Benchmarks Of Many ARM Boards From The Raspberry Pi To NVIDIA Jetson TX2
For some weekend benchmarking fun, I compared the Jetson TX2 that NVIDIA released this weekend with their ARM 64-bit "Denver 2" CPU cores paired with four Cortex-A57 cores to various other ARM single board computers I have access to. This is looking at the CPU performance in different benchmarks ranging from cheap ~$10 ARM SBCs to the Raspberry Pi to the Jetson TX1 and Jetson TX2.

How Well Modern Linux Games Scale To Multiple CPU Cores
With all the discussions about AMD's Ryzen 7 processors that boast eight cores plus SMT, there has been much discussion in our forums and elsewhere the past few days about how many cores most modern Linux games actually utilize... That plus with looking at how well Ryzen's CPU cores scale, I have carried out some fresh Linux CPU core scaling benchmarks with an Intel Core i7 6800K Broadwell-E to see if most Linux games can end up using 4+ cores right now.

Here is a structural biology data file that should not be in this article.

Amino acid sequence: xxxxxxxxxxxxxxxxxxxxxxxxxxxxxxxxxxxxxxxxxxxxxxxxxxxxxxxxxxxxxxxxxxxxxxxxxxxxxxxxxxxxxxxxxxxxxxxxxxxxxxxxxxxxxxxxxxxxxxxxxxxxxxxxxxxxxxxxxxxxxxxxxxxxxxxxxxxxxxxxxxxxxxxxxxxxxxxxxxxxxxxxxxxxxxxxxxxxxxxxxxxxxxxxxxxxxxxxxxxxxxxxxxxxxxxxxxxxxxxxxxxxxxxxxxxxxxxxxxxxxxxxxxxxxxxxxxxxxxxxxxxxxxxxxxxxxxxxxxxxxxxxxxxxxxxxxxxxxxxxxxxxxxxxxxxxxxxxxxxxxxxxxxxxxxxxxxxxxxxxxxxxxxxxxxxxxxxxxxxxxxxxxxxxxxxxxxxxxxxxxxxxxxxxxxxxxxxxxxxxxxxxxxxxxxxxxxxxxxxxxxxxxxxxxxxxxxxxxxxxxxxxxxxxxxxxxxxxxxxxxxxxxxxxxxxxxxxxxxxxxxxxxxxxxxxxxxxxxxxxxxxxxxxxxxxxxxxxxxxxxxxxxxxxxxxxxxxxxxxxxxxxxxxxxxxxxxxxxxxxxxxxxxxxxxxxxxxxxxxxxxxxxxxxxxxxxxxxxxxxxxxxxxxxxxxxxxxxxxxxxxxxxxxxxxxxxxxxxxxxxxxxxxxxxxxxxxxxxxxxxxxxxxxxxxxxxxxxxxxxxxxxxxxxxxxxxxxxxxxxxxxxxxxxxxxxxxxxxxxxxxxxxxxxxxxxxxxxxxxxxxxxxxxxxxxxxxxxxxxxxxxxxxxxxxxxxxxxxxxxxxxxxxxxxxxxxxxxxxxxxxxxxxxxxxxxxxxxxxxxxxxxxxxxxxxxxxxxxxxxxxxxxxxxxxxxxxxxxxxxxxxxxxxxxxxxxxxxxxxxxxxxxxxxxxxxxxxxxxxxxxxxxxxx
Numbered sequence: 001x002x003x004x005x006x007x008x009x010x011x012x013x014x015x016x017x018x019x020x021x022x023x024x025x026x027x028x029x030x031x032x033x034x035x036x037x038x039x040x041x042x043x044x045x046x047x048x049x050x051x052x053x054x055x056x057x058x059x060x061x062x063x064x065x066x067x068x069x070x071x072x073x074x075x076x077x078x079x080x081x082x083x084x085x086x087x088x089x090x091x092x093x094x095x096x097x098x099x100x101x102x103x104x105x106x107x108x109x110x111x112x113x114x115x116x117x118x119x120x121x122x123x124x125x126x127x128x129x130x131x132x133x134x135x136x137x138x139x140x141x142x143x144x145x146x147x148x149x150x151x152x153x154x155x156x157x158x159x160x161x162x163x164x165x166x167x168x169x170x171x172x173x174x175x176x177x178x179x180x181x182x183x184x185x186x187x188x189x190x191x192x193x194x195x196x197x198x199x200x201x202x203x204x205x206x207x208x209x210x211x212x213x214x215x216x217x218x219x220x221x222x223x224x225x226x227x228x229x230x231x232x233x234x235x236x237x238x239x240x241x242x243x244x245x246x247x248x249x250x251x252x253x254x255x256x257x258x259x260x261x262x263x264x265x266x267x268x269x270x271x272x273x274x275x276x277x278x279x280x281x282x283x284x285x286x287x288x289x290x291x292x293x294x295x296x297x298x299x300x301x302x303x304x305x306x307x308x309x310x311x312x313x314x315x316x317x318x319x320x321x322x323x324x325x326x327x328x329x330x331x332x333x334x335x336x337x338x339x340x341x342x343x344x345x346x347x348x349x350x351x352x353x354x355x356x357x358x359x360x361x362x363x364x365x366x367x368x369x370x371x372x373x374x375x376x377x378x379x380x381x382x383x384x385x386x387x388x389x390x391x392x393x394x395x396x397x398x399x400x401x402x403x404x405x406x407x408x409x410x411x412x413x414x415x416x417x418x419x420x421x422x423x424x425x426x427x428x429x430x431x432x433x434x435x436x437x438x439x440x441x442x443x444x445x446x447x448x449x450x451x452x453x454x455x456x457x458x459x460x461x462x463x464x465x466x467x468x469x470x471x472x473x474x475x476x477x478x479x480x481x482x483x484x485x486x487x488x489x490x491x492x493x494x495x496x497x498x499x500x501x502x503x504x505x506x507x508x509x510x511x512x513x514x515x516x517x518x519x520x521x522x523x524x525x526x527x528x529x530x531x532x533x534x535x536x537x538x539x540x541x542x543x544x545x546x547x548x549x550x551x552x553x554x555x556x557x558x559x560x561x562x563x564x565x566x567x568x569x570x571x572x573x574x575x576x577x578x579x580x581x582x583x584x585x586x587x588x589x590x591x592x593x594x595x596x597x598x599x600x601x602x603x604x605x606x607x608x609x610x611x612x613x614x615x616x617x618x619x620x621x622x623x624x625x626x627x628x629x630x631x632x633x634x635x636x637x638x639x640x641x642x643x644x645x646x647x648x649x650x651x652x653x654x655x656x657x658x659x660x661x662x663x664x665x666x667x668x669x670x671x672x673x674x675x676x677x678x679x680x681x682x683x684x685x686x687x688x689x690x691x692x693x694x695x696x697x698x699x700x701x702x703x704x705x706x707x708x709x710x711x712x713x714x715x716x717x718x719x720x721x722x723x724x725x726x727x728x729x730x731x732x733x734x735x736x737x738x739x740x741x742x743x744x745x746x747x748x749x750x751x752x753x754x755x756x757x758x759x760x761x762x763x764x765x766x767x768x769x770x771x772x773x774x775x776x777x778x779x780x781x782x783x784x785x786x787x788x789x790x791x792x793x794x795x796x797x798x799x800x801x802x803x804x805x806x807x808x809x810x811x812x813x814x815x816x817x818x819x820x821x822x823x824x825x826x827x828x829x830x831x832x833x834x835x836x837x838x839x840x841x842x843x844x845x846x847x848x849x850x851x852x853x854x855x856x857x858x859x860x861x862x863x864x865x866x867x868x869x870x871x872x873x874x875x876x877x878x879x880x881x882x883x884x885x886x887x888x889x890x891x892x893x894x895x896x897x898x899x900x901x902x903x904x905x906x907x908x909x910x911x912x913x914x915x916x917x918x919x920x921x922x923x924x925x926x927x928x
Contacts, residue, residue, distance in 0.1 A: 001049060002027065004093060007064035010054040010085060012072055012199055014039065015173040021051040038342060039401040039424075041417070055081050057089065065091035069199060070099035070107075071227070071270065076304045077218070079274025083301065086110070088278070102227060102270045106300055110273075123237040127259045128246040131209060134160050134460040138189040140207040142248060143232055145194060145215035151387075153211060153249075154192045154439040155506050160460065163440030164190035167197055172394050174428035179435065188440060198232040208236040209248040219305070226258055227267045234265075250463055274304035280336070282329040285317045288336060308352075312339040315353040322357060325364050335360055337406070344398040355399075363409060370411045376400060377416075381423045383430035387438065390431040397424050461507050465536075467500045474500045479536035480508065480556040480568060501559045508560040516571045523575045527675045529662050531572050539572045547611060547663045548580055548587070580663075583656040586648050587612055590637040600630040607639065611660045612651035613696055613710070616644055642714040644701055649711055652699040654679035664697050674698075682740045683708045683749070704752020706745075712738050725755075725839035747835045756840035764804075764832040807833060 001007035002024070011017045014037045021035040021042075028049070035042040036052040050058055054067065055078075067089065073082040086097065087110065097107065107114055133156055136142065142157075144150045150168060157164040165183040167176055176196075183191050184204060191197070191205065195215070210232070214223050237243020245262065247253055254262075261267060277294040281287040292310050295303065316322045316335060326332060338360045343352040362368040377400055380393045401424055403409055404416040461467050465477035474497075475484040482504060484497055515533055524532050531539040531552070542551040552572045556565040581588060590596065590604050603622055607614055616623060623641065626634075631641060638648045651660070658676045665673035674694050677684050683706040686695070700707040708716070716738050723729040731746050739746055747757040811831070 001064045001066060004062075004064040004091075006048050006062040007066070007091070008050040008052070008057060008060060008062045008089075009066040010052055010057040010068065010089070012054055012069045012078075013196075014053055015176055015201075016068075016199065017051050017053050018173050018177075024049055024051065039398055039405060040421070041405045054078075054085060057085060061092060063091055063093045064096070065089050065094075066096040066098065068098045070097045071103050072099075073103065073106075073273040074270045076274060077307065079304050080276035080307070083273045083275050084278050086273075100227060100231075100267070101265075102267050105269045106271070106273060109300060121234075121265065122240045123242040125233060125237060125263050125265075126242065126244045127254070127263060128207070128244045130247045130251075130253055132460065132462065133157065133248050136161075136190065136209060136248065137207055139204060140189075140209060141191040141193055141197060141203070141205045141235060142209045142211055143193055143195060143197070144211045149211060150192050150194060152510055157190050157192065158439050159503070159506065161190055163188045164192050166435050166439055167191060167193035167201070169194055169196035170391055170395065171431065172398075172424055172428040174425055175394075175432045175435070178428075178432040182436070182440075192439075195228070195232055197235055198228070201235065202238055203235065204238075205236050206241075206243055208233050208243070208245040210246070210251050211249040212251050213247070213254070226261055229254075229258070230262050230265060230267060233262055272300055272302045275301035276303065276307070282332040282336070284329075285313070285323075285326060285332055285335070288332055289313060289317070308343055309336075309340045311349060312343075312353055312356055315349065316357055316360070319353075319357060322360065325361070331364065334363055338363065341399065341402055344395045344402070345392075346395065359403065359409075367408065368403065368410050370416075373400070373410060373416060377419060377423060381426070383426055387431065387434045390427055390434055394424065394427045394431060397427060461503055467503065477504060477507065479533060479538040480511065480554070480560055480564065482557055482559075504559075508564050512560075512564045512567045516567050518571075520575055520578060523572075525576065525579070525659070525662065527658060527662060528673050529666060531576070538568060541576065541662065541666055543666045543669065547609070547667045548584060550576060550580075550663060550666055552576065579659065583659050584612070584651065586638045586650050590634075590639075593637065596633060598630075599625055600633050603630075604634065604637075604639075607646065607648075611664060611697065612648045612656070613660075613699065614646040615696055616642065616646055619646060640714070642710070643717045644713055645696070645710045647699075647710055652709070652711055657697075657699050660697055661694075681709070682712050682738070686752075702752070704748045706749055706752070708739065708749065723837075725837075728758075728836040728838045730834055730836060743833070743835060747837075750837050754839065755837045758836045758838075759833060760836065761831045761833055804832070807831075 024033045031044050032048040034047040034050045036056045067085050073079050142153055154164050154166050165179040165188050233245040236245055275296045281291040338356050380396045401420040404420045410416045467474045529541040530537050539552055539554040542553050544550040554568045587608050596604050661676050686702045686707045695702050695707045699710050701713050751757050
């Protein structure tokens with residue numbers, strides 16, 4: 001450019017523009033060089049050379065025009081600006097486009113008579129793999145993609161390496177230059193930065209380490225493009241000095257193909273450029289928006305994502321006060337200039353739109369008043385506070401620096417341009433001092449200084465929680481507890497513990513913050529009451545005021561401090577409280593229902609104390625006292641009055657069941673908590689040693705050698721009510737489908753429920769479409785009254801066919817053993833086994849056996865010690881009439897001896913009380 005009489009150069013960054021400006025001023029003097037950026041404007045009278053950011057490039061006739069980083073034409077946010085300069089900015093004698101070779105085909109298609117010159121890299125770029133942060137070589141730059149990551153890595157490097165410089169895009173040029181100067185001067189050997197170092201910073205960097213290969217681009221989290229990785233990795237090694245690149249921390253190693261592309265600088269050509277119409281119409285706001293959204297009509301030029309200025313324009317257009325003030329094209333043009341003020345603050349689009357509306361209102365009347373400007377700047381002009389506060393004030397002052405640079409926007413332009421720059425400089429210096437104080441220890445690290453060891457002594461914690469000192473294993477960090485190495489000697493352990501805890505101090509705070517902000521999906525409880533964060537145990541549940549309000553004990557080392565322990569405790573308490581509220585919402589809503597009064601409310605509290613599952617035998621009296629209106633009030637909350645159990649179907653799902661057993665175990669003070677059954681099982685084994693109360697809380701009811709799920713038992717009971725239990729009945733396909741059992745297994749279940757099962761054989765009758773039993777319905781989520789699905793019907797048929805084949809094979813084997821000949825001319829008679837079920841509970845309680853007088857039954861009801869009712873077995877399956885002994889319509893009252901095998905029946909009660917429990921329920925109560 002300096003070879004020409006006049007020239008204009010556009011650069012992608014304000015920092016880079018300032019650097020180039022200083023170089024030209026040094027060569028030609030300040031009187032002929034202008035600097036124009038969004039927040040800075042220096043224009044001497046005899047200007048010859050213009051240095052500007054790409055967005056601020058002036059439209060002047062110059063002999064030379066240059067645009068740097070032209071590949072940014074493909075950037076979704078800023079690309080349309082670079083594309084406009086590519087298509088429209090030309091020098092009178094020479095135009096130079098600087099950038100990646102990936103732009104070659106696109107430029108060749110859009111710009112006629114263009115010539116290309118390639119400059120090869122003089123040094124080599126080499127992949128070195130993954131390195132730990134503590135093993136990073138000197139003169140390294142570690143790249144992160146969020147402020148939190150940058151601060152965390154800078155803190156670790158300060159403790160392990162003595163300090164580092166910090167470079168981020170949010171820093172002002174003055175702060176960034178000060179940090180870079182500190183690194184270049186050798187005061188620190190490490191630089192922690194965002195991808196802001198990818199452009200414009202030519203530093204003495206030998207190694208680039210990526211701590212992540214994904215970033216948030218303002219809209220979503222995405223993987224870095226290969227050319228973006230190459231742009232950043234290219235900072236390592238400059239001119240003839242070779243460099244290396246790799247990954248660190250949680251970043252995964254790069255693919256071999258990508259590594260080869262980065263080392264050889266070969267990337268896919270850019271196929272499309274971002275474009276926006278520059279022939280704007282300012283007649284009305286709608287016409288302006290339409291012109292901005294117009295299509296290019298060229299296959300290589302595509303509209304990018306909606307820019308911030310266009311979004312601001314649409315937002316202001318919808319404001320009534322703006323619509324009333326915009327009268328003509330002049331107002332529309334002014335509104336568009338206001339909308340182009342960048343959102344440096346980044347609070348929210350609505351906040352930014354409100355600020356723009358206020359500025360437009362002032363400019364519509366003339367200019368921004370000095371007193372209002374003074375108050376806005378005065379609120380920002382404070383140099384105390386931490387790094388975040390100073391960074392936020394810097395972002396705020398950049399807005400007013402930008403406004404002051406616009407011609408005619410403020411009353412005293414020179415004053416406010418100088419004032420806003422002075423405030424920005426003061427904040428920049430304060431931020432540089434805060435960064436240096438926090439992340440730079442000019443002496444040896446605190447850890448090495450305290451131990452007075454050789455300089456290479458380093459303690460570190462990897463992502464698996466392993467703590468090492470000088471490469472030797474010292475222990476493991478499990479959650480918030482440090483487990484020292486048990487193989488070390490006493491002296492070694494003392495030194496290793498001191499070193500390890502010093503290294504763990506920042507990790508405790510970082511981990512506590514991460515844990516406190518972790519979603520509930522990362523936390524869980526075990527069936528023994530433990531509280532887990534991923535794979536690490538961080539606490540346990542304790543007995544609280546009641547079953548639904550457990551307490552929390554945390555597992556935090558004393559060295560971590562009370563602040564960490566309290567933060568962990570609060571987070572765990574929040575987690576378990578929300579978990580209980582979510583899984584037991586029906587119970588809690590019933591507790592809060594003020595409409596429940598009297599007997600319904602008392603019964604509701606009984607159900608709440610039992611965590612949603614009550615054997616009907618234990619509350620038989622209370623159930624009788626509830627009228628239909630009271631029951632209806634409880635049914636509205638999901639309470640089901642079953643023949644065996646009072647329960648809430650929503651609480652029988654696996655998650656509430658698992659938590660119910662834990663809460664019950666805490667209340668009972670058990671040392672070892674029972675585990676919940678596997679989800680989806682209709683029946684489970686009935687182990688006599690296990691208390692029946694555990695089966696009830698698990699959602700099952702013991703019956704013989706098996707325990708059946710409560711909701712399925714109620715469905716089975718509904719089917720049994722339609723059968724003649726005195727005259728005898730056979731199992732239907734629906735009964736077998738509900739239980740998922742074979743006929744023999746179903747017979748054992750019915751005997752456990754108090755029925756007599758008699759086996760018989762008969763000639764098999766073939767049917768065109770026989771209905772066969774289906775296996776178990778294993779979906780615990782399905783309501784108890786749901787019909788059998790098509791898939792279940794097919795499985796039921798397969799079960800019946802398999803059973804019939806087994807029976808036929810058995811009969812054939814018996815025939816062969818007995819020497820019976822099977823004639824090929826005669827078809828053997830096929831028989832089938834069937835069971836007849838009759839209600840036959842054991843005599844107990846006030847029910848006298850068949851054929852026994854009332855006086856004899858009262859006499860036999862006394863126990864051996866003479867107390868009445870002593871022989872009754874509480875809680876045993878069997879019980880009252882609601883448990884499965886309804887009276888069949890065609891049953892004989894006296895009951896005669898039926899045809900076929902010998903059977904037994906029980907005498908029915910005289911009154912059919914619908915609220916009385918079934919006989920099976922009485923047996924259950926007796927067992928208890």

About The Author
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Michael Larabel is the principal author of Phoronix.com and founded the site in 2004 with a focus on enriching the Linux hardware experience. Michael has written more than 10,000 articles covering the state of Linux hardware support, Linux performance, graphics drivers, and other topics. Michael is also the lead developer of the Phoronix Test Suite, Phoromatic, and OpenBenchmarking.org automated benchmarking software. He can be followed via Twitter or contacted via MichaelLarabel.com.